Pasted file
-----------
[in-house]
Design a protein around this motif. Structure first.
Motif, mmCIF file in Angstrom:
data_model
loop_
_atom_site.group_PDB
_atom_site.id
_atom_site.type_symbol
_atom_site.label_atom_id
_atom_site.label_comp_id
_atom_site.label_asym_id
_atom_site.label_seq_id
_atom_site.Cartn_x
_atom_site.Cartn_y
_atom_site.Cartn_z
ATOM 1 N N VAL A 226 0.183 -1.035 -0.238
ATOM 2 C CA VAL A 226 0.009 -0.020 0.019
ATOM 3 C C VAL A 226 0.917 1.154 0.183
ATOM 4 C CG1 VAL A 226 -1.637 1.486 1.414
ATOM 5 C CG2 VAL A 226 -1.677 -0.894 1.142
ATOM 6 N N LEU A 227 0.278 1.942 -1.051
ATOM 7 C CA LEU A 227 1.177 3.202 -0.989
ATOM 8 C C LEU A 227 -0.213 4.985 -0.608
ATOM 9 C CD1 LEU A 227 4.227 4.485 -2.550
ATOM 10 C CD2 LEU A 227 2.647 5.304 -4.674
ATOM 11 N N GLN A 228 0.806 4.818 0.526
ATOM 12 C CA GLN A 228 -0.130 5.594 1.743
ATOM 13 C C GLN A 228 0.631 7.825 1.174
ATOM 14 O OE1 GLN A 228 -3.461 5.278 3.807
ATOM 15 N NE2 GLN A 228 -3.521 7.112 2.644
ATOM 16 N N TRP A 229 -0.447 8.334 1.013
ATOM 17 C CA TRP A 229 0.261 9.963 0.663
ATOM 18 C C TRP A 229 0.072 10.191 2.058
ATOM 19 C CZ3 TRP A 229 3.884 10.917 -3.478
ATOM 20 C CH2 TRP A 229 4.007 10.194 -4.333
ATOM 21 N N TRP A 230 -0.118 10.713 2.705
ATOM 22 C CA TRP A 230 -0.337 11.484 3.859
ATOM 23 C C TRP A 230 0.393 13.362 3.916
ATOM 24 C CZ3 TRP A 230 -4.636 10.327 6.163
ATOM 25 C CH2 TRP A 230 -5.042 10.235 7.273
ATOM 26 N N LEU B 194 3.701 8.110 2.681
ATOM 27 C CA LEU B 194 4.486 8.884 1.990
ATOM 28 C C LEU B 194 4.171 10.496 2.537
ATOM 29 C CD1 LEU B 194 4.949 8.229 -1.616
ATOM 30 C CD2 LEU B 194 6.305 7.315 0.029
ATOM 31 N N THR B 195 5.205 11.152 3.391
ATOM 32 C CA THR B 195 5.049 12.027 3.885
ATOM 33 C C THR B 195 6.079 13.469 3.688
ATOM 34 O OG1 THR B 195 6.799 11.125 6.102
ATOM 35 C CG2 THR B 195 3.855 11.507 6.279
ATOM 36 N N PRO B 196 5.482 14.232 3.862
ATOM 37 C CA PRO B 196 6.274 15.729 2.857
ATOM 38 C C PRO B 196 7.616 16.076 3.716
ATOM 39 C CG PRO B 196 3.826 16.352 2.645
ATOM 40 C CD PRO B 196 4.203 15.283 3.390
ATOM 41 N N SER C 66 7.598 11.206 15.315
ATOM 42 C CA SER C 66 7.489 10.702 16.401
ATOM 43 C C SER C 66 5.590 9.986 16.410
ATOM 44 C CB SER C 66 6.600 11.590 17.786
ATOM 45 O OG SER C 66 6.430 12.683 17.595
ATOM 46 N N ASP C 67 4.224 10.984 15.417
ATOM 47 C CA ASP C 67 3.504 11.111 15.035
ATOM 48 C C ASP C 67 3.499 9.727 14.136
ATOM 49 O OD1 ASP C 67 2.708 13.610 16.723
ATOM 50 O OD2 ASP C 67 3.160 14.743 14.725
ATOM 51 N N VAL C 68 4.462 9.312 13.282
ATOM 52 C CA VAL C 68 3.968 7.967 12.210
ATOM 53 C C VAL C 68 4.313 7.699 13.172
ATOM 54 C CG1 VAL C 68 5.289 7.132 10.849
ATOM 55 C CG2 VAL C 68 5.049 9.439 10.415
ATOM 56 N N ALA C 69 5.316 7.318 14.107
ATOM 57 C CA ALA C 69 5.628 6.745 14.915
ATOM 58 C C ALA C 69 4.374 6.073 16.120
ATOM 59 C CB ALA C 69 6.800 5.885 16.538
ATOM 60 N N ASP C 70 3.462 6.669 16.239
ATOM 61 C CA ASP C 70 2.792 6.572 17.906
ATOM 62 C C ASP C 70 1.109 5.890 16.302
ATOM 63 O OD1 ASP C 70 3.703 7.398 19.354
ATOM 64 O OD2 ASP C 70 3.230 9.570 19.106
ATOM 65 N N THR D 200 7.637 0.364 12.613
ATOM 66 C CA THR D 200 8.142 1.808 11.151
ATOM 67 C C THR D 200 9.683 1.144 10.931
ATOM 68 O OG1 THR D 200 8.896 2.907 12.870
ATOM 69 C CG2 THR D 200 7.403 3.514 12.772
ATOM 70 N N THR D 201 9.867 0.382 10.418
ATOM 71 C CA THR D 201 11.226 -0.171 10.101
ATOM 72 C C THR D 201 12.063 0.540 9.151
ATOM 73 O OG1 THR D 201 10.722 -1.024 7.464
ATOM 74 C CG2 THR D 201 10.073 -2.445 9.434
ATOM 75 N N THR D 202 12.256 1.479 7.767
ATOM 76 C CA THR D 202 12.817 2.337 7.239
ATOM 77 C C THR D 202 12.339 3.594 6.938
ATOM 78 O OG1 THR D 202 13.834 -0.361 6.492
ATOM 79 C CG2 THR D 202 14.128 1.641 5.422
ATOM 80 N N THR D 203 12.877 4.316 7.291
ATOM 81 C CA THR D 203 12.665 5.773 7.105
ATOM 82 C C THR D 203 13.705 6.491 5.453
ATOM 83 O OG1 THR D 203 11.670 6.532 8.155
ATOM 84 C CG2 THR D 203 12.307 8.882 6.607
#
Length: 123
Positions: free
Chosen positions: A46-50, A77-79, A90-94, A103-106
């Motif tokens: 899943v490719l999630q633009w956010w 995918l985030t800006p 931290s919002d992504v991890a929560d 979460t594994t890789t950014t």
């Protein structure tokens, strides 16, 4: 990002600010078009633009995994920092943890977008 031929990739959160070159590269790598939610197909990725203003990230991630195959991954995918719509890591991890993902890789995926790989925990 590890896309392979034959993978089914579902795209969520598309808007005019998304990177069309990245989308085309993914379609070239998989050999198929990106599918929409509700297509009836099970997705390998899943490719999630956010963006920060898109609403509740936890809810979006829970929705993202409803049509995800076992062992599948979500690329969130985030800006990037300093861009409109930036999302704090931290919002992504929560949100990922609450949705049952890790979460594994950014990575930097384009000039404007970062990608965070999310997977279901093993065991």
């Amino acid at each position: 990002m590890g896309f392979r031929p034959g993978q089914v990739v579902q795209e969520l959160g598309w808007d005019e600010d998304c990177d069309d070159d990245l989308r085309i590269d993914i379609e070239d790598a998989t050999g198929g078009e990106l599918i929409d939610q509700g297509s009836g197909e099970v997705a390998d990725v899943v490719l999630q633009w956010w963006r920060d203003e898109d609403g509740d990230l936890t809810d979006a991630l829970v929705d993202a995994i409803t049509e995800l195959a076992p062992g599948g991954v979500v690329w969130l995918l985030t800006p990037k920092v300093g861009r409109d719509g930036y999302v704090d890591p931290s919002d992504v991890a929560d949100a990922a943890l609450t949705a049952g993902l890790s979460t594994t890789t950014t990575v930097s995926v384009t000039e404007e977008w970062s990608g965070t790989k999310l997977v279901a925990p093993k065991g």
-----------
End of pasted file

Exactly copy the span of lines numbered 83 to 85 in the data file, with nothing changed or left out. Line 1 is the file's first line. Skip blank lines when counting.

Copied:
ATOM 68 O OG1 THR D 200 8.896 2.907 12.870
ATOM 69 C CG2 THR D 200 7.403 3.514 12.772
ATOM 70 N N THR D 201 9.867 0.382 10.418